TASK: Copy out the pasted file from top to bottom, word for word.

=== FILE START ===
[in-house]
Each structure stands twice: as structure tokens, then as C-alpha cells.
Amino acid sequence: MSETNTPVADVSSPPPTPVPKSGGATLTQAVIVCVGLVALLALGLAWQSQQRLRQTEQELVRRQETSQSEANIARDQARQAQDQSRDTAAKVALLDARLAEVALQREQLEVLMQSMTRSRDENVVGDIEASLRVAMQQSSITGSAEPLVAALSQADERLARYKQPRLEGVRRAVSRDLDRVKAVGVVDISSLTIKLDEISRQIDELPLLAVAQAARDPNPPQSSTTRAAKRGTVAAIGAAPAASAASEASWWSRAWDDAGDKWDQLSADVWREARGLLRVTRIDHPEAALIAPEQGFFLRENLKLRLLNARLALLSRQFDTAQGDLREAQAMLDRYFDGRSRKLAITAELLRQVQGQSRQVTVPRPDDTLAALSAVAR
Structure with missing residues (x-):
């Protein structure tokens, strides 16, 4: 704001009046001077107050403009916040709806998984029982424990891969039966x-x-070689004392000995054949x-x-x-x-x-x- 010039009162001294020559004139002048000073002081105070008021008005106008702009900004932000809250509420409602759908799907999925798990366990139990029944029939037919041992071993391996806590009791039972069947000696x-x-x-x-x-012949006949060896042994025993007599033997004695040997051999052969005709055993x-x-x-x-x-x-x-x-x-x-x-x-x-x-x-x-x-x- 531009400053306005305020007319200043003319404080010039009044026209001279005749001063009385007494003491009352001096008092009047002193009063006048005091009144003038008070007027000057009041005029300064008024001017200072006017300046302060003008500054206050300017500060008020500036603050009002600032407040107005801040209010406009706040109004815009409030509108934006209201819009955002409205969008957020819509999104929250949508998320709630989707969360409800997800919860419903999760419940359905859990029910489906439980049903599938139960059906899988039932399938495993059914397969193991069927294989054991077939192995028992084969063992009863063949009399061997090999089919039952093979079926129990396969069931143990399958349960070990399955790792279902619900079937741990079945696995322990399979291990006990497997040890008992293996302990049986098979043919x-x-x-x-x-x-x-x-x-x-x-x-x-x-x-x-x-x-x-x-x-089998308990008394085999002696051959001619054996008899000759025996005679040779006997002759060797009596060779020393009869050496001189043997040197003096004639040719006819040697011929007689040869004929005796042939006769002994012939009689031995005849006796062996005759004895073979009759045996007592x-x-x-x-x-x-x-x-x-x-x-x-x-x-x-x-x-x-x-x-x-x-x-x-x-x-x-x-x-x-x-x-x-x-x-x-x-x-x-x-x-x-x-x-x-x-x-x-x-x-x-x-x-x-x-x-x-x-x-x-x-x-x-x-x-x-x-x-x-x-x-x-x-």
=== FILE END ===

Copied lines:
[in-house]
Each structure stands twice: as structure tokens, then as C-alpha cells.
Amino acid sequence: MSETNTPVADVSSPPPTPVPKSGGATLTQAVIVCVGLVALLALGLAWQSQQRLRQTEQELVRRQETSQSEANIARDQARQAQDQSRDTAAKVALLDARLAEVALQREQLEVLMQSMTRSRDENVVGDIEASLRVAMQQSSITGSAEPLVAALSQADERLARYKQPRLEGVRRAVSRDLDRVKAVGVVDISSLTIKLDEISRQIDELPLLAVAQAARDPNPPQSSTTRAAKRGTVAAIGAAPAASAASEASWWSRAWDDAGDKWDQLSADVWREARGLLRVTRIDHPEAALIAPEQGFFLRENLKLRLLNARLALLSRQFDTAQGDLREAQAMLDRYFDGRSRKLAITAELLRQVQGQSRQVTVPRPDDTLAALSAVAR
Structure with missing residues (x-):
């Protein structure tokens, strides 16, 4: 704001009046001077107050403009916040709806998984029982424990891969039966x-x-070689004392000995054949x-x-x-x-x-x- 010039009162001294020559004139002048000073002081105070008021008005106008702009900004932000809250509420409602759908799907999925798990366990139990029944029939037919041992071993391996806590009791039972069947000696x-x-x-x-x-012949006949060896042994025993007599033997004695040997051999052969005709055993x-x-x-x-x-x-x-x-x-x-x-x-x-x-x-x-x-x- 531009400053306005305020007319200043003319404080010039009044026209001279005749001063009385007494003491009352001096008092009047002193009063006048005091009144003038008070007027000057009041005029300064008024001017200072006017300046302060003008500054206050300017500060008020500036603050009002600032407040107005801040209010406009706040109004815009409030509108934006209201819009955002409205969008957020819509999104929250949508998320709630989707969360409800997800919860419903999760419940359905859990029910489906439980049903599938139960059906899988039932399938495993059914397969193991069927294989054991077939192995028992084969063992009863063949009399061997090999089919039952093979079926129990396969069931143990399958349960070990399955790792279902619900079937741990079945696995322990399979291990006990497997040890008992293996302990049986098979043919x-x-x-x-x-x-x-x-x-x-x-x-x-x-x-x-x-x-x-x-x-089998308990008394085999002696051959001619054996008899000759025996005679040779006997002759060797009596060779020393009869050496001189043997040197003096004639040719006819040697011929007689040869004929005796042939006769002994012939009689031995005849006796062996005759004895073979009759045996007592x-x-x-x-x-x-x-x-x-x-x-x-x-x-x-x-x-x-x-x-x-x-x-x-x-x-x-x-x-x-x-x-x-x-x-x-x-x-x-x-x-x-x-x-x-x-x-x-x-x-x-x-x-x-x-x-x-x-x-x-x-x-x-x-x-x-x-x-x-x-x-x-x-």